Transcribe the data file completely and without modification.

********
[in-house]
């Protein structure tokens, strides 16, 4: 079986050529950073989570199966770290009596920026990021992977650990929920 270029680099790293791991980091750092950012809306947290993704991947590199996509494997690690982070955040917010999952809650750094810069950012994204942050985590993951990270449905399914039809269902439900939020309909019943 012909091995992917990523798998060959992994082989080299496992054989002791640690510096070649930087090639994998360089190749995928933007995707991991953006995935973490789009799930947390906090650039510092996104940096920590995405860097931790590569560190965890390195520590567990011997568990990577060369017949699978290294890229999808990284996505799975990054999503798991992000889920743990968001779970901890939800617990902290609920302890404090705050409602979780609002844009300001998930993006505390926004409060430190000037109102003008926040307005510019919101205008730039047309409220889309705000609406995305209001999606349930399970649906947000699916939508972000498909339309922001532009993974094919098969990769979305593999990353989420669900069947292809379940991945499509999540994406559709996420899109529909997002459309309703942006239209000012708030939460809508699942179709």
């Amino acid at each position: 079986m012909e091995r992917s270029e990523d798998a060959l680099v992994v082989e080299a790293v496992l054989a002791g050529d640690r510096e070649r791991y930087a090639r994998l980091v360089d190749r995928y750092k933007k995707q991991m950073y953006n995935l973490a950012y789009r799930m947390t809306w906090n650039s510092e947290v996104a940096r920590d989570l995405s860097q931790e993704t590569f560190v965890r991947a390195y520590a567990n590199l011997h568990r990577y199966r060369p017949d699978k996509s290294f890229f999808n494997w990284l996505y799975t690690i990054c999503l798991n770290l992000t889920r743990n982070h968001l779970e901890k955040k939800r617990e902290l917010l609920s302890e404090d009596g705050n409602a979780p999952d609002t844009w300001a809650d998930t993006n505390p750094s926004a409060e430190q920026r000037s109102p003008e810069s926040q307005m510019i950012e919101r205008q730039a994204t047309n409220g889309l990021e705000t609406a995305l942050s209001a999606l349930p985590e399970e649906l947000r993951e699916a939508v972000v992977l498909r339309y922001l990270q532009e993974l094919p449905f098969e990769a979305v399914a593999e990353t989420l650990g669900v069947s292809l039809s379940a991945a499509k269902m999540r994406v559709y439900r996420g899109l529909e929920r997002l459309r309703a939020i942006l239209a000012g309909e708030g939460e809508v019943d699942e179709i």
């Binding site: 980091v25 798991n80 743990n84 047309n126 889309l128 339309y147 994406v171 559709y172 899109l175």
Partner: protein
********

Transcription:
[in-house]
């Protein structure tokens, strides 16, 4: 079986050529950073989570199966770290009596920026990021992977650990929920 270029680099790293791991980091750092950012809306947290993704991947590199996509494997690690982070955040917010999952809650750094810069950012994204942050985590993951990270449905399914039809269902439900939020309909019943 012909091995992917990523798998060959992994082989080299496992054989002791640690510096070649930087090639994998360089190749995928933007995707991991953006995935973490789009799930947390906090650039510092996104940096920590995405860097931790590569560190965890390195520590567990011997568990990577060369017949699978290294890229999808990284996505799975990054999503798991992000889920743990968001779970901890939800617990902290609920302890404090705050409602979780609002844009300001998930993006505390926004409060430190000037109102003008926040307005510019919101205008730039047309409220889309705000609406995305209001999606349930399970649906947000699916939508972000498909339309922001532009993974094919098969990769979305593999990353989420669900069947292809379940991945499509999540994406559709996420899109529909997002459309309703942006239209000012708030939460809508699942179709």
């Amino acid at each position: 079986m012909e091995r992917s270029e990523d798998a060959l680099v992994v082989e080299a790293v496992l054989a002791g050529d640690r510096e070649r791991y930087a090639r994998l980091v360089d190749r995928y750092k933007k995707q991991m950073y953006n995935l973490a950012y789009r799930m947390t809306w906090n650039s510092e947290v996104a940096r920590d989570l995405s860097q931790e993704t590569f560190v965890r991947a390195y520590a567990n590199l011997h568990r990577y199966r060369p017949d699978k996509s290294f890229f999808n494997w990284l996505y799975t690690i990054c999503l798991n770290l992000t889920r743990n982070h968001l779970e901890k955040k939800r617990e902290l917010l609920s302890e404090d009596g705050n409602a979780p999952d609002t844009w300001a809650d998930t993006n505390p750094s926004a409060e430190q920026r000037s109102p003008e810069s926040q307005m510019i950012e919101r205008q730039a994204t047309n409220g889309l990021e705000t609406a995305l942050s209001a999606l349930p985590e399970e649906l947000r993951e699916a939508v972000v992977l498909r339309y922001l990270q532009e993974l094919p449905f098969e990769a979305v399914a593999e990353t989420l650990g669900v069947s292809l039809s379940a991945a499509k269902m999540r994406v559709y439900r996420g899109l529909e929920r997002l459309r309703a939020i942006l239209a000012g309909e708030g939460e809508v019943d699942e179709i």
């Binding site: 980091v25 798991n80 743990n84 047309n126 889309l128 339309y147 994406v171 559709y172 899109l175």
Partner: protein